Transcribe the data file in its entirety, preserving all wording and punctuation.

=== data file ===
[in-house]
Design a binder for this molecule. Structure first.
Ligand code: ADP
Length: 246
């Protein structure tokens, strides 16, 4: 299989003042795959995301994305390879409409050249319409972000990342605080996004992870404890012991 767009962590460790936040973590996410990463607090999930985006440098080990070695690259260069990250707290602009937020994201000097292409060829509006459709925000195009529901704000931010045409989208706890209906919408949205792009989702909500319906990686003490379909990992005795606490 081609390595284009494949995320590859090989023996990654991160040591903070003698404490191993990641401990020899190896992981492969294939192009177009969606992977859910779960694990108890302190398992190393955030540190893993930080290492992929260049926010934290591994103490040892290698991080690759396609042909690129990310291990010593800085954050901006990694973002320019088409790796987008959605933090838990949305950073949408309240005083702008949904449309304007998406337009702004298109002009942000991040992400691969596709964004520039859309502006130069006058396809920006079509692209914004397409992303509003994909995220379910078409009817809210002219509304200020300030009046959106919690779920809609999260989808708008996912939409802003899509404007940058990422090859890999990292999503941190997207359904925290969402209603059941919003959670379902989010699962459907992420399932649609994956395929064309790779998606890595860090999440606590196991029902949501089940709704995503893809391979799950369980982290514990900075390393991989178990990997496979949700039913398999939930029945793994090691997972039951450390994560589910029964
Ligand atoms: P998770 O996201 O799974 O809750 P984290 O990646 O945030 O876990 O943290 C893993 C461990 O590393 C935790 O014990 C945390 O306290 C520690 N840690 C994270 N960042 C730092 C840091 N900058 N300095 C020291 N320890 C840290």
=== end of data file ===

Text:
[in-house]
Design a binder for this molecule. Structure first.
Ligand code: ADP
Length: 246
């Protein structure tokens, strides 16, 4: 299989003042795959995301994305390879409409050249319409972000990342605080996004992870404890012991 767009962590460790936040973590996410990463607090999930985006440098080990070695690259260069990250707290602009937020994201000097292409060829509006459709925000195009529901704000931010045409989208706890209906919408949205792009989702909500319906990686003490379909990992005795606490 081609390595284009494949995320590859090989023996990654991160040591903070003698404490191993990641401990020899190896992981492969294939192009177009969606992977859910779960694990108890302190398992190393955030540190893993930080290492992929260049926010934290591994103490040892290698991080690759396609042909690129990310291990010593800085954050901006990694973002320019088409790796987008959605933090838990949305950073949408309240005083702008949904449309304007998406337009702004298109002009942000991040992400691969596709964004520039859309502006130069006058396809920006079509692209914004397409992303509003994909995220379910078409009817809210002219509304200020300030009046959106919690779920809609999260989808708008996912939409802003899509404007940058990422090859890999990292999503941190997207359904925290969402209603059941919003959670379902989010699962459907992420399932649609994956395929064309790779998606890595860090999440606590196991029902949501089940709704995503893809391979799950369980982290514990900075390393991989178990990997496979949700039913398999939930029945793994090691997972039951450390994560589910029964
Ligand atoms: P998770 O996201 O799974 O809750 P984290 O990646 O945030 O876990 O943290 C893993 C461990 O590393 C935790 O014990 C945390 O306290 C520690 N840690 C994270 N960042 C730092 C840091 N900058 N300095 C020291 N320890 C840290």